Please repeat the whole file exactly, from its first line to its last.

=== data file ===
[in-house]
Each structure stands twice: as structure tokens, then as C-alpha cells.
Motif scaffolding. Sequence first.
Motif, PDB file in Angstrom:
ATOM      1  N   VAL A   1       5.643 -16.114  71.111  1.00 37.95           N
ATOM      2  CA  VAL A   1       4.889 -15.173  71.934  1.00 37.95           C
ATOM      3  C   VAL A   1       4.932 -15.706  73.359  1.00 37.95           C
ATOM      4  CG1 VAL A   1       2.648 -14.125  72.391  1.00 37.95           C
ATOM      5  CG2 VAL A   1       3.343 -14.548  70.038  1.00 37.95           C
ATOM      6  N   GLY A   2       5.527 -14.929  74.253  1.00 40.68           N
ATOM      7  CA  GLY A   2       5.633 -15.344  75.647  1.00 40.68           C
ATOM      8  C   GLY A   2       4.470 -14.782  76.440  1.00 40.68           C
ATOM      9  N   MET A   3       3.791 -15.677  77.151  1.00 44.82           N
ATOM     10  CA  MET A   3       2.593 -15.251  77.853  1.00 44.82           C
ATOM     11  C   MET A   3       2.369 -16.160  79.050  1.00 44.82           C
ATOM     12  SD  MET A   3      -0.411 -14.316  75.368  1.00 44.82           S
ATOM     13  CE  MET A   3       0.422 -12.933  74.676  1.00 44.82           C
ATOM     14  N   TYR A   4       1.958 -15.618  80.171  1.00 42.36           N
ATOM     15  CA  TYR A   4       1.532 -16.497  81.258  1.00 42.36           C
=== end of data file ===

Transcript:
[in-house]
Each structure stands twice: as structure tokens, then as C-alpha cells.
Motif scaffolding. Sequence first.
Motif, PDB file in Angstrom:
ATOM      1  N   VAL A   1       5.643 -16.114  71.111  1.00 37.95           N
ATOM      2  CA  VAL A   1       4.889 -15.173  71.934  1.00 37.95           C
ATOM      3  C   VAL A   1       4.932 -15.706  73.359  1.00 37.95           C
ATOM      4  CG1 VAL A   1       2.648 -14.125  72.391  1.00 37.95           C
ATOM      5  CG2 VAL A   1       3.343 -14.548  70.038  1.00 37.95           C
ATOM      6  N   GLY A   2       5.527 -14.929  74.253  1.00 40.68           N
ATOM      7  CA  GLY A   2       5.633 -15.344  75.647  1.00 40.68           C
ATOM      8  C   GLY A   2       4.470 -14.782  76.440  1.00 40.68           C
ATOM      9  N   MET A   3       3.791 -15.677  77.151  1.00 44.82           N
ATOM     10  CA  MET A   3       2.593 -15.251  77.853  1.00 44.82           C
ATOM     11  C   MET A   3       2.369 -16.160  79.050  1.00 44.82           C
ATOM     12  SD  MET A   3      -0.411 -14.316  75.368  1.00 44.82           S
ATOM     13  CE  MET A   3       0.422 -12.933  74.676  1.00 44.82           C
ATOM     14  N   TYR A   4       1.958 -15.618  80.171  1.00 42.36           N
ATOM     15  CA  TYR A   4       1.532 -16.497  81.258  1.00 42.36           C